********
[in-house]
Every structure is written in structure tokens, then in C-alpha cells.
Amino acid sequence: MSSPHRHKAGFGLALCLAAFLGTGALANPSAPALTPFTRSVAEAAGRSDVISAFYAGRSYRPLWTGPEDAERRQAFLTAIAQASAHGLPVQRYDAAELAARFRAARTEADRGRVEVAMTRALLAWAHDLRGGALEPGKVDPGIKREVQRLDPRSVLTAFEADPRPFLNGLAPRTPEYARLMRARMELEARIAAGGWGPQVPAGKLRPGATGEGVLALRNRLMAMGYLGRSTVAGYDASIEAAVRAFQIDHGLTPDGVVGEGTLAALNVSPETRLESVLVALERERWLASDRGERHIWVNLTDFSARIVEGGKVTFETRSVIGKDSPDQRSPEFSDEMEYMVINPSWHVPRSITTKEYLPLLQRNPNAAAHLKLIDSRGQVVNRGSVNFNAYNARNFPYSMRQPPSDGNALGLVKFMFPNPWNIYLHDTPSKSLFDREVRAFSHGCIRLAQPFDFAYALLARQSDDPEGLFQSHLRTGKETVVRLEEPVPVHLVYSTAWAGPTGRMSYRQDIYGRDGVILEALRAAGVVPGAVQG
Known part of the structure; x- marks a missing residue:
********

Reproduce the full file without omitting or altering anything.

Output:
[in-house]
Every structure is written in structure tokens, then in C-alpha cells.
Amino acid sequence: MSSPHRHKAGFGLALCLAAFLGTGALANPSAPALTPFTRSVAEAAGRSDVISAFYAGRSYRPLWTGPEDAERRQAFLTAIAQASAHGLPVQRYDAAELAARFRAARTEADRGRVEVAMTRALLAWAHDLRGGALEPGKVDPGIKREVQRLDPRSVLTAFEADPRPFLNGLAPRTPEYARLMRARMELEARIAAGGWGPQVPAGKLRPGATGEGVLALRNRLMAMGYLGRSTVAGYDASIEAAVRAFQIDHGLTPDGVVGEGTLAALNVSPETRLESVLVALERERWLASDRGERHIWVNLTDFSARIVEGGKVTFETRSVIGKDSPDQRSPEFSDEMEYMVINPSWHVPRSITTKEYLPLLQRNPNAAAHLKLIDSRGQVVNRGSVNFNAYNARNFPYSMRQPPSDGNALGLVKFMFPNPWNIYLHDTPSKSLFDREVRAFSHGCIRLAQPFDFAYALLARQSDDPEGLFQSHLRTGKETVVRLEEPVPVHLVYSTAWAGPTGRMSYRQDIYGRDGVILEALRAAGVVPGAVQG
Known part of the structure; x- marks a missing residue: